A group of 20 tenants, organizers and local supporters holding signs reading “Somervillain” and “LaCourt Lies” marched from the Davis Square T stop to the office of Mouhab Rizkallah, owner of LaCourt Realty and The Braces Place in Somerville, on Feb. 3. The protesters, organized by the LaCourt Tenants Union, demanded Rizkallah withdraw his lawsuit against former LaCourt tenant Alona Brosh, whom he has sued for $28,875 of “unpaid rent,” according to a demand letter to LaCourt Realty. Brosh was not present at the protest and did not respond immediately to a request for comment.
In their demand letter, the tenants union claimed that Brosh was pressured to sign an “intent to renew” letter under the threat that her residence would be placed on the market immediately if she refused. After Brosh’s roommates moved out in August 2020, she also moved out of the apartment because she was unable to find replacement roommates, according to the organizers.
“Despite her only having signed the letter indicating her intention to renew, since the term of her sublease ended LaCourt has claimed she is obligated not only to pay rent for a place where she no longer lives, but also to pay the rent of her two former roommates,” the demand letter from the LaCourt Tenants Union reads.
In addition to demonstrating solidarity with Brosh, the protesters also claimed that LaCourt raised rents and continued evictions during the pandemic, exploited its tenants and neglected its maintenance duties.
Speaking through a bullhorn on the steps of Rizkallah’s office while one of his employees filmed, Michael M. explained the important role of the tenants union to “[resist] the current housing situation in Boston.”
“People everywhere [are] exploited … by government institutions, by racism and patriarchy and imperialism,” Michael said. “If you start now, you can be an agent. … You can change the course of history. If you can convince yourself that you’re worthy, you can take part in the proper struggle to free the world.”
In an email to the Daily, Rizkallah said the union is making “nonsensical demands” rooted in baseless accusations.
“Ms. Brosh is an adult that made a contractual commitment that she failed to honor, and that failure caused harm,” Rizkallah wrote.
According to Rizkallah, LaCourt has approximately 3,000 tenants in the Boston area, and he said that LaCourt has a dedicated administrative and maintenance staff but conceded that it is not a perfect business.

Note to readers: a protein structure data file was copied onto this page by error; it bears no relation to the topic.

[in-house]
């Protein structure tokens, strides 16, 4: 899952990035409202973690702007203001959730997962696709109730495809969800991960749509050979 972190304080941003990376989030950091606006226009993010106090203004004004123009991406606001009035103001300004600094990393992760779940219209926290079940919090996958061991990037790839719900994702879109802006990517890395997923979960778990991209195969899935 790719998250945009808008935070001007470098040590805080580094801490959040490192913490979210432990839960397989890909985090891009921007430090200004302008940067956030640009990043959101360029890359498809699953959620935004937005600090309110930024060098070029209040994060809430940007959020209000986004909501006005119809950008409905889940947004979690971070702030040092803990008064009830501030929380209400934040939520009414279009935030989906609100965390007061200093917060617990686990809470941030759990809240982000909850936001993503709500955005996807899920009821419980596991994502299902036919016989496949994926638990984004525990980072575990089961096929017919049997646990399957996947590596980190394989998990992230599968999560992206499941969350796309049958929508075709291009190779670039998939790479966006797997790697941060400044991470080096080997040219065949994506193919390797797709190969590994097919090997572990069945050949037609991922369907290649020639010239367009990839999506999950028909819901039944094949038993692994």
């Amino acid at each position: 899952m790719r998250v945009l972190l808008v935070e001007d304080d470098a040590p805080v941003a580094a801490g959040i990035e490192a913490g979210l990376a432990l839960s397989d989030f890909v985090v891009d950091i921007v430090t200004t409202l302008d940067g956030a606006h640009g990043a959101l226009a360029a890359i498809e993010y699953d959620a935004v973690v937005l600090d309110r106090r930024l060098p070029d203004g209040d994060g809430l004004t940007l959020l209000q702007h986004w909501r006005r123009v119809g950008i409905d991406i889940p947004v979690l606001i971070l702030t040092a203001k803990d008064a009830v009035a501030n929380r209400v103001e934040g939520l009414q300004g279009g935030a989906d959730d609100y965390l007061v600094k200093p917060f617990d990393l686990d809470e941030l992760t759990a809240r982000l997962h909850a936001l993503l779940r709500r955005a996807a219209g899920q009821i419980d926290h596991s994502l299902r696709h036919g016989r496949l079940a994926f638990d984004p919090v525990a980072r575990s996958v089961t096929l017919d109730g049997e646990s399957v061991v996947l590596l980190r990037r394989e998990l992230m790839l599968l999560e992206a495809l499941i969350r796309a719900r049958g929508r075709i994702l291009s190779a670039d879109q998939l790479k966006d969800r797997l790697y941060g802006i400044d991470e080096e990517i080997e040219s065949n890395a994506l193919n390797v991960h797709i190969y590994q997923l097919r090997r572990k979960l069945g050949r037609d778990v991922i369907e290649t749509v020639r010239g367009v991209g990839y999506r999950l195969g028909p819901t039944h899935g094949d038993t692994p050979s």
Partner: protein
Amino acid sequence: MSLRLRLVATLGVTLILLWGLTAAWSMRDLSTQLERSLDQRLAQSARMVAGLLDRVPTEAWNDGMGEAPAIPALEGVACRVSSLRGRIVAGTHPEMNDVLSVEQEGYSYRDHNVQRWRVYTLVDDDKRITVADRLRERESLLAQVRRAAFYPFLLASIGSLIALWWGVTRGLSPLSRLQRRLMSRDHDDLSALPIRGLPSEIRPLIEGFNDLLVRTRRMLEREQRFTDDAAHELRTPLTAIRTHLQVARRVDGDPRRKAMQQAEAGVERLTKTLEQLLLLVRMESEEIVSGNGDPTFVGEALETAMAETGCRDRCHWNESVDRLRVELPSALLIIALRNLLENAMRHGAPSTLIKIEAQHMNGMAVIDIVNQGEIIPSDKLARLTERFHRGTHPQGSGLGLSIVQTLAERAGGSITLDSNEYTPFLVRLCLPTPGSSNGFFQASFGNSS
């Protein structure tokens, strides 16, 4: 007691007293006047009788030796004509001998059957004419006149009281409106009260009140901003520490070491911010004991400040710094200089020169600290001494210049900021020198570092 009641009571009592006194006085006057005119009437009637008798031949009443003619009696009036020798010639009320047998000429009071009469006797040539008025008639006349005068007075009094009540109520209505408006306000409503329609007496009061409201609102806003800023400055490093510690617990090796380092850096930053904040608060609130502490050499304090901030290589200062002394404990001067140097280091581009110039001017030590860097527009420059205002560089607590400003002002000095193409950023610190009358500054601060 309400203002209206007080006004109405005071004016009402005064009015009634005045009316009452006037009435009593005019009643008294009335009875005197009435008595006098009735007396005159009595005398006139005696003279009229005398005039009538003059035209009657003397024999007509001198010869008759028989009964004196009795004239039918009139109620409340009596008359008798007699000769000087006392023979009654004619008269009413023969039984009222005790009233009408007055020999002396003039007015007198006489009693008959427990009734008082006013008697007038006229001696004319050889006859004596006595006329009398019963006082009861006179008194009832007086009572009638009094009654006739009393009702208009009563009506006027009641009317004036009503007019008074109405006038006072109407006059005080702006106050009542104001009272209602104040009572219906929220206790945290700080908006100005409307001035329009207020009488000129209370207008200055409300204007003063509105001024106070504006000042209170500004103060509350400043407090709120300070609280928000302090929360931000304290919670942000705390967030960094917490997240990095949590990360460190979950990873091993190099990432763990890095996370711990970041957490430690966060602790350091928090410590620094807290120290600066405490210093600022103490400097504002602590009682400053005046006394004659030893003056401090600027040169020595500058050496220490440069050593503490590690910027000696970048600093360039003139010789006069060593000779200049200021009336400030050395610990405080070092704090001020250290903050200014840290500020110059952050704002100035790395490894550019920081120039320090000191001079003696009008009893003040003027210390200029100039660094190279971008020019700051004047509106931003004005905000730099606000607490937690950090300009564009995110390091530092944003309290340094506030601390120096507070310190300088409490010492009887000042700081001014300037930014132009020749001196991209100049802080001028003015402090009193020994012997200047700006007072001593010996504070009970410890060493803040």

Addressing further claims made by the protesters, Rizkallah said that LaCourt did not raise rents during the pandemic, with the exception of two apartments, and that certain tenants had renewed their leases at a higher rent prior to the outbreak of COVID-19.
“Those increases came into effect during the Pandemic, but were not created during the pandemic,” Rizkallah wrote. (At Rizkallah’s request, all formatting has been retained from the original correspondence.)
After marching through Davis Square, protesters chanted, “No justice, no peace!” and “You know what’s disgusting? Union busting!” outside of Rizkallah’s orthodontics office.
Minutes after they arrived outside Rizkallah’s office, the protesters were met by a police officer. After chatting with an organizer, the officer stood a few feet away across the street, leaning against his car and watching the remainder of the protest. Rizkallah declined to comment on whether he or someone in his office contacted the police.
Rizkallah said LaCourt was initially open to speaking with the tenants union to address any issues they might have been unaware of.
“It became quickly clear that there were no problems,” Rizkallah wrote. “We have stopped interacting with this hostile group, and most tenants resent them as pretending to represent tenants.”
Rizkallah repeatedly claimed the people protesting were members of the Greater Boston Tenants Union and not LaCourt tenants.
Maria, a LaCourt tenant who participated in the protest, said she looked into the union after experiencing maintenance issues in her building and feeling that LaCourt was blaming those issues on the renters. She was inspired to protest after hearing of Brosh’s case.
“If I were in [Brosh’s] position, I would hope people would show up for me too,” Maria said. “It’s really great that there is a space where we can all come together and then just be there for each other when things go wrong.”
Rizkallah defended LaCourt Realty against the protesters’ allegations.
“The[ir] basic premise… is that housing is a right, and no one should profit from it – They repeatedly stated this at their protest,” Rizkallah wrote. “The law of supply and demand makes affluent University areas such as Davis Square cost more, just as Tufts University costs more than a state school.”
Protesters repeatedly referenced the current lawsuit against Rizkallah, brought by Massachusetts Attorney General Maura Healey, for allegedly defrauding MassHealth by intentionally leaving children’s braces on for longer than necessary in order to collect more money.
Rizkallah explained to the Daily that he is suing the attorney general for defamation and is also planning to file a defamation lawsuit against a former LaCourt tenant and current tenants union organizer, Michael Ventura, for making “improper public statements” against him.
Rizkallah said that some of his tenants have left the union “because they knew they were at risk of a defamation lawsuit for the false public statements.”
Chloe Courtney Bohl contributed reporting to this article.